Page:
In Brief: Berlin’s rent cap could be in jeopardy after a court in Bavaria ruled rent freezes there unconstitutional

The Bavarian ruling that voided a referendum has bolstered the arguments of rent cap critics in Berlin.

Photo by Alana Harris on Unsplash


By Dina Elsayed and Kate Brady 

A lot of Berliners have been teleconferencing from home with their workplace since the coronavirus pandemic began. 

Now, many have the option of going to court from home as well.

On Thursday, a civil court in the German capital held its first video-conferenced hearing in an insurance company dispute over water damage.

Teleconferenced hearings in Germany were made legal seven years ago.

Court spokesman Thomas Heymann says with the coronavirus pandemic, the virtual hearings will come in handy, as the risk of infection is lower when there are fewer people in courtrooms.


Berlin’s rent cap could be in jeopardy after a court in Bavaria ruled that a referendum on a six-year freeze of rents is unconstitutional.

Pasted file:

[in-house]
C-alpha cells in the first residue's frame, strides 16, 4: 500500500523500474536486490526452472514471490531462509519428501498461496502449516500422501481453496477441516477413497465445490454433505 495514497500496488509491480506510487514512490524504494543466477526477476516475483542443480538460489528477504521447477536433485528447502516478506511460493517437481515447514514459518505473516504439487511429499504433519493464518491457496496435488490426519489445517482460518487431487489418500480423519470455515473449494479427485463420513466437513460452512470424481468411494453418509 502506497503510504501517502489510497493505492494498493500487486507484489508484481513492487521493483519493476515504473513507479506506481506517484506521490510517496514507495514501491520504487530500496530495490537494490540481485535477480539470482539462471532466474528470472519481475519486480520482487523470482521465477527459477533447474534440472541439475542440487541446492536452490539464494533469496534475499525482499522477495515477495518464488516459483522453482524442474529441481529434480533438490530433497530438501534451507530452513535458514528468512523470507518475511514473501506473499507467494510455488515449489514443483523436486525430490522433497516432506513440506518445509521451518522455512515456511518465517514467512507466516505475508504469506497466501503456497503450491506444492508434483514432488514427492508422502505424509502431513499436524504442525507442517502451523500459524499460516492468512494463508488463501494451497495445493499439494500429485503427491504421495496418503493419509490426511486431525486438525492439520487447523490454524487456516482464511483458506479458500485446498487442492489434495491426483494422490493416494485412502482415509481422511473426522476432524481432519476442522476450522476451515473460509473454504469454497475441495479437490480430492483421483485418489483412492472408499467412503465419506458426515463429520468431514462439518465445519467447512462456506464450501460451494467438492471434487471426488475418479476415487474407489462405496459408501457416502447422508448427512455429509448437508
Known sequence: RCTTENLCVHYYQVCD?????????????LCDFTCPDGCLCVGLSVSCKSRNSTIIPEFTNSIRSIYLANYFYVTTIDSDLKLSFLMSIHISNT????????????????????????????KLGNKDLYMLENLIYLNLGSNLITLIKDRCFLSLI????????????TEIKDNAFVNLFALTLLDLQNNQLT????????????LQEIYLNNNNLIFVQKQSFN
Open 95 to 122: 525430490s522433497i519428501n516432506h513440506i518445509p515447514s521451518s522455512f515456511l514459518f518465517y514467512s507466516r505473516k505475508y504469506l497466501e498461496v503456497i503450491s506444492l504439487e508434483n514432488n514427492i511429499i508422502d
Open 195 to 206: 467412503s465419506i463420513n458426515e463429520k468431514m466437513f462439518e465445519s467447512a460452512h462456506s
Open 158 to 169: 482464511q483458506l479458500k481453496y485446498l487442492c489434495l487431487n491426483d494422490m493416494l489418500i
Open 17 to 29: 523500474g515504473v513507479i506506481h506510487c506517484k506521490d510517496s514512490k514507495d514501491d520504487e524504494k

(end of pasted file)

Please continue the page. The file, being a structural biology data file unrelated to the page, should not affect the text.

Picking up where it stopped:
The court said on Thursday that tenancy law is a federal issue, not a state one. Referenda in Bavaria are only permitted for state laws.

The ruling bolsters the arguments of conservative politicians in Berlin who oppose the rental cap that’s already been in place in the German capital since February. They say Bavaria’s ruling shows that the Berlin rent freeze is also unconstitutional.

The freeze in place as of February 23rd, caps rents on some 1.5 million apartments in Berlin at the June 2019 price. From 2022, they may increase by a maximum of 1.3% annually.

This news is brought to you in cooperation with Berliner Rundfunk.

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